Krazit’s one point worth serious discussion is the role of the Chinese government, who may well be obfuscating any information coming out about their workers’ lives and who could theoretically provide a structural barrier to a corporation wanting to pay its workers more (assuming any of us take seriously the idea that Apple executives really care all that much about how these workers live, which I most certainly do not). If China truly sees its future as providing cheap manufacturing labor, I can see why it might want to discourage one company from paying too much in the fear of driving off other companies. But that’s happening already. As China begins transitioning to a more mature and wealthy society and as workers get sick of dying in factories and having babies born with cancer, companies are moving to Bangladesh, Vietnam, and other nations with working conditions even more wretched. And while I don’t doubt the power of the Chinese government, I do not at all buy the presumption that Apple is somehow helpless to improve their workers’ lives in the face of the Chinese government. This is patently absurd.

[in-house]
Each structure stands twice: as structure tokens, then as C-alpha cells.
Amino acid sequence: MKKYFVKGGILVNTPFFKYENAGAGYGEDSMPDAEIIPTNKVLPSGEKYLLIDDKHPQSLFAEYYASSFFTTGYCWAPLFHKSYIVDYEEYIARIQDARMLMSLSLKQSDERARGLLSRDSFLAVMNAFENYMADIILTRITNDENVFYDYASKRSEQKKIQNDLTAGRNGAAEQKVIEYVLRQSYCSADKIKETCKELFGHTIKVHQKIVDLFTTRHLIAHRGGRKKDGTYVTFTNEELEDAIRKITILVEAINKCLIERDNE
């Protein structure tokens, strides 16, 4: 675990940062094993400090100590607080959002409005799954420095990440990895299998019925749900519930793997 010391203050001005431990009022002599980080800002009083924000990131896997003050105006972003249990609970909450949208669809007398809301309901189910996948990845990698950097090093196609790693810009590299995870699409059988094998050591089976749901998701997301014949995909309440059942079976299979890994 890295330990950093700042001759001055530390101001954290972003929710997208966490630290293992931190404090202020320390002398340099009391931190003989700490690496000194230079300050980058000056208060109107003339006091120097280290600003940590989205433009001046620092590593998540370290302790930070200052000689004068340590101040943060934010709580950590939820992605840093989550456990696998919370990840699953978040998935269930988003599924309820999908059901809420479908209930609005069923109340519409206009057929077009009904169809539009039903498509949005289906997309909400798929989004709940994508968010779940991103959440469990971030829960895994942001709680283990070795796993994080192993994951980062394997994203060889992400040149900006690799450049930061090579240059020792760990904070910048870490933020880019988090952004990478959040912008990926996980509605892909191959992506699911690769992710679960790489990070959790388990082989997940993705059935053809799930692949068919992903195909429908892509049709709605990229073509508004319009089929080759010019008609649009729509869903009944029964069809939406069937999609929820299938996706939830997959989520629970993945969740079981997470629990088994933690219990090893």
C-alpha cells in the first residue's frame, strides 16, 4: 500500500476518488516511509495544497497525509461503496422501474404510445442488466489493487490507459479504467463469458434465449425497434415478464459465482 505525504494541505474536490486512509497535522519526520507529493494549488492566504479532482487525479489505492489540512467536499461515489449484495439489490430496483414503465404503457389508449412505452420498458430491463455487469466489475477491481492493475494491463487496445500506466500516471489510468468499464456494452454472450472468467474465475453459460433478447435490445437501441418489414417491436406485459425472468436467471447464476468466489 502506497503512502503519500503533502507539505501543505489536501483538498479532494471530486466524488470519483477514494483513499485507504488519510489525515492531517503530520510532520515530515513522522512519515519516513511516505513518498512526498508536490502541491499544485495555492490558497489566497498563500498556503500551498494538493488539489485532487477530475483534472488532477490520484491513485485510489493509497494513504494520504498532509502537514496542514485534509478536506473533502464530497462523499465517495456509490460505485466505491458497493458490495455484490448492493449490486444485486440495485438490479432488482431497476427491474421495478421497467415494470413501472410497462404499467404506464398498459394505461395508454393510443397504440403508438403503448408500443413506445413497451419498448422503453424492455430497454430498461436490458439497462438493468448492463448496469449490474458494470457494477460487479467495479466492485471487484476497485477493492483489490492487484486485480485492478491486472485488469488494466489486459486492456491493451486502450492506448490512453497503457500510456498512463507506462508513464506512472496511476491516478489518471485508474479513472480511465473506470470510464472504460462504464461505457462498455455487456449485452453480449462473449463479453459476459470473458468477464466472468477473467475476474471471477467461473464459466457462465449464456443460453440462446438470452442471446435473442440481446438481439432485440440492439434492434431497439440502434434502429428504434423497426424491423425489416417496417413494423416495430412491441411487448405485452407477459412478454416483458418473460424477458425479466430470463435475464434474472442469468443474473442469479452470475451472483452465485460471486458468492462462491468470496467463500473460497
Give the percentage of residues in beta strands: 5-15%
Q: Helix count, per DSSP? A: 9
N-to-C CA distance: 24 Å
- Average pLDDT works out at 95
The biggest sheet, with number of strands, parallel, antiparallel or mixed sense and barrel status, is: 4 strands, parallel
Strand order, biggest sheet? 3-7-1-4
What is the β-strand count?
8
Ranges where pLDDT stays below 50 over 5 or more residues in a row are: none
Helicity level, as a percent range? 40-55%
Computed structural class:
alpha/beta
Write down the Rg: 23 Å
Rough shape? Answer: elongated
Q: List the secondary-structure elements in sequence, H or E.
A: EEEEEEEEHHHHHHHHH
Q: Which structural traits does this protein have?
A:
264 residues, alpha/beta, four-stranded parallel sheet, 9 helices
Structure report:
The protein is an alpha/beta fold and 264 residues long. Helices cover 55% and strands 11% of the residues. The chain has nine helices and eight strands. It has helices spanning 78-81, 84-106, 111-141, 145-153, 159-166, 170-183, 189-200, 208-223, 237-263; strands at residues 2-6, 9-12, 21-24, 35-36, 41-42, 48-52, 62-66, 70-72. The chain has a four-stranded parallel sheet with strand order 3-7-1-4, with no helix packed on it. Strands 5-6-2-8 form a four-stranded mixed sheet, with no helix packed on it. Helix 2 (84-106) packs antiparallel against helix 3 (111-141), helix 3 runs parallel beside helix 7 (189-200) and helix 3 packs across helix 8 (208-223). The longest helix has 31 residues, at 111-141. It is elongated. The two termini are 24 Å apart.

Apple could do any number of things if it were serious about allowing its workers to live better lives. It could slightly reduce profits and earmark this money specifically for workers’ wages. It could open its own factory in China, hiring skilled technicians and creating a modern version of a company town (a scenario also ripe for abuse, but it isn’t worse than the present situation). It could then allow western reporters, environmental consultations, human rights groups, and whoever else full access to that factory. Even if you take Krazit’s point seriously that they jobs can’t leave China because that’s where the expertise lies (which begs the question of how computers were made before they were in China and what will happen when computer companies move their factories to nations with ever-more degraded labor), it hardly means that corporations are helpless to do anything at all about their workers. It’s that they don’t really want to do so.